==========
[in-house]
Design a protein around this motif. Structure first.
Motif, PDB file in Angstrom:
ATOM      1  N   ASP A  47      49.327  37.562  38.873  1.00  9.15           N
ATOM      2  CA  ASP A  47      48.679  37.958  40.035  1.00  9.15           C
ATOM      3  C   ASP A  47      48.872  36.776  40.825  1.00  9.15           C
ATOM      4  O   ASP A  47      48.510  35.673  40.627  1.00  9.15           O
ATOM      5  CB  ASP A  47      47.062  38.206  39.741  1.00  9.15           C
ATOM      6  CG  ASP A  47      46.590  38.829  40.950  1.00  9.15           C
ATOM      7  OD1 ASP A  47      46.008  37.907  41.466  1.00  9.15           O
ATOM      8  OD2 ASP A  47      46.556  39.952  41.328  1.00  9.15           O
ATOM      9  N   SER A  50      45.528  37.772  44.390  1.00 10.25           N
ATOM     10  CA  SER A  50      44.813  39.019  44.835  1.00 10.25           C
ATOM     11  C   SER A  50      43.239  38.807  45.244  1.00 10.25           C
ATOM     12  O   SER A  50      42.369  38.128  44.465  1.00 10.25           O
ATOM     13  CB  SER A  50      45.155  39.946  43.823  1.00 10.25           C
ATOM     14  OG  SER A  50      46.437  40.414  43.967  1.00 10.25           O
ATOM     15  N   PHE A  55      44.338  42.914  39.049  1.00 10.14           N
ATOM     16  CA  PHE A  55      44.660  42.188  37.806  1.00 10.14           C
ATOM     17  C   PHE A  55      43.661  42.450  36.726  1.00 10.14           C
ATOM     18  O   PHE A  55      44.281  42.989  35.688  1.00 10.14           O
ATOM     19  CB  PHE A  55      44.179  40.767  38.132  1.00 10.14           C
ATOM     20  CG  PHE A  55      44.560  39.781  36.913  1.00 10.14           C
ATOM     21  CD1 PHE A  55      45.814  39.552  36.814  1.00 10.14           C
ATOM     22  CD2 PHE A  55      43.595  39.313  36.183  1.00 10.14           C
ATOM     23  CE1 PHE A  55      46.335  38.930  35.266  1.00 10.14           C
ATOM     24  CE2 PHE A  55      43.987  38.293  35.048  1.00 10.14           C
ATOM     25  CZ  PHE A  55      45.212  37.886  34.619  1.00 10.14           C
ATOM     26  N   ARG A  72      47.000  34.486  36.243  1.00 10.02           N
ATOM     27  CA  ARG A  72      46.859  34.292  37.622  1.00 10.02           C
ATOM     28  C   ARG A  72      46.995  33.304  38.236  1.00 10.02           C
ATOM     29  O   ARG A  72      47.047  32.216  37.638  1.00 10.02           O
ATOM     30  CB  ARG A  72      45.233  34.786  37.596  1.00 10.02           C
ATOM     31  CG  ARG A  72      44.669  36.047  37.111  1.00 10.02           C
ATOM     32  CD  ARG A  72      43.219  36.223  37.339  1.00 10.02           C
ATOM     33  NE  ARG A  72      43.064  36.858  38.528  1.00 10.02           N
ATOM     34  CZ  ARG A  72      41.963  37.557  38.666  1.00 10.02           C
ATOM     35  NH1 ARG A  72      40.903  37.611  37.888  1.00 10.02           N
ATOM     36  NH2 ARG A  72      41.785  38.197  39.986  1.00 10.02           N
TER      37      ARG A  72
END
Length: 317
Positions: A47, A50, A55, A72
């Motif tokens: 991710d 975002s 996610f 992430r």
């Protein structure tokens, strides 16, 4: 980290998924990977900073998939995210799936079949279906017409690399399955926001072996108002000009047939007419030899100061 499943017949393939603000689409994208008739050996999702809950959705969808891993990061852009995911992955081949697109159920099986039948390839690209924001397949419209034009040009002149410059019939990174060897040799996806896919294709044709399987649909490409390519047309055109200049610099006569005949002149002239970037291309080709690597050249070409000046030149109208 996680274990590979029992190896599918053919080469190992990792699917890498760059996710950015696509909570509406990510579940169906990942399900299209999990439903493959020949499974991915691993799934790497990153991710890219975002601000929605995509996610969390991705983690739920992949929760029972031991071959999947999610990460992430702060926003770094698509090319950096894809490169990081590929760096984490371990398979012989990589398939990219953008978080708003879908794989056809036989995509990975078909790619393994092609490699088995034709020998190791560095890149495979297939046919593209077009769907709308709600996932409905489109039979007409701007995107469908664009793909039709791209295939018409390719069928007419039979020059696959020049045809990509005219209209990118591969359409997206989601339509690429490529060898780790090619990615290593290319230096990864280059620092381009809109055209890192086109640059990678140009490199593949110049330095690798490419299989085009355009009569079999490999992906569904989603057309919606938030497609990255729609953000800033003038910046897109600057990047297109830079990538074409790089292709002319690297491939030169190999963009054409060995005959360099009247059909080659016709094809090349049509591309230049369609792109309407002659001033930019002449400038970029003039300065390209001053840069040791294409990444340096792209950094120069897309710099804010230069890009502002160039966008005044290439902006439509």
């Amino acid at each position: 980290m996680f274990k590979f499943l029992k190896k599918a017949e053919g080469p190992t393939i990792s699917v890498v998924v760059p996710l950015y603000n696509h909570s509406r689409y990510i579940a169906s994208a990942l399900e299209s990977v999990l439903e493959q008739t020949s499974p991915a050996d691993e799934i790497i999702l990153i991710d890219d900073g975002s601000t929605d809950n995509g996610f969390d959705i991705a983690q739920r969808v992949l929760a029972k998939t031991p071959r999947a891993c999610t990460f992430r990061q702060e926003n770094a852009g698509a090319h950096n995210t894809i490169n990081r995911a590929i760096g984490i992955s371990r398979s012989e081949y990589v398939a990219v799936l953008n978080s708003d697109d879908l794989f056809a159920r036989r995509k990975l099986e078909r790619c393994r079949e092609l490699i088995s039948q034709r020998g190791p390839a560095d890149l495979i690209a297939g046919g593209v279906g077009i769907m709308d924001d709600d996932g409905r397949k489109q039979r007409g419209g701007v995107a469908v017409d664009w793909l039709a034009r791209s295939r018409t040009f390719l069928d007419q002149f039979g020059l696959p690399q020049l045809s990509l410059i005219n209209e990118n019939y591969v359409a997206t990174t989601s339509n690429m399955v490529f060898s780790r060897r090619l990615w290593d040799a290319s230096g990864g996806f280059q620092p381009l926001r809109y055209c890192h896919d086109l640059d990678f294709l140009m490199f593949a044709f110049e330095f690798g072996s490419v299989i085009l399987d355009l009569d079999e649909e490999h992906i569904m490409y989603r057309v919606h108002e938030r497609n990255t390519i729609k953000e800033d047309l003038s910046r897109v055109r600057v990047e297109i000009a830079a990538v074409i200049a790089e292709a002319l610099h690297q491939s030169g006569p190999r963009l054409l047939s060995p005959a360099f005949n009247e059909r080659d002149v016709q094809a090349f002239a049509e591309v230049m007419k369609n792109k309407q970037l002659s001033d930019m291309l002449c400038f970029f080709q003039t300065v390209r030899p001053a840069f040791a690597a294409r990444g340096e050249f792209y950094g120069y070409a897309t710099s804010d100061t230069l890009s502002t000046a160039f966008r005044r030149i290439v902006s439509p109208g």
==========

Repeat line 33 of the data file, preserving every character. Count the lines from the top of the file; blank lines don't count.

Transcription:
ATOM     30  CB  ARG A  72      45.233  34.786  37.596  1.00 10.02           C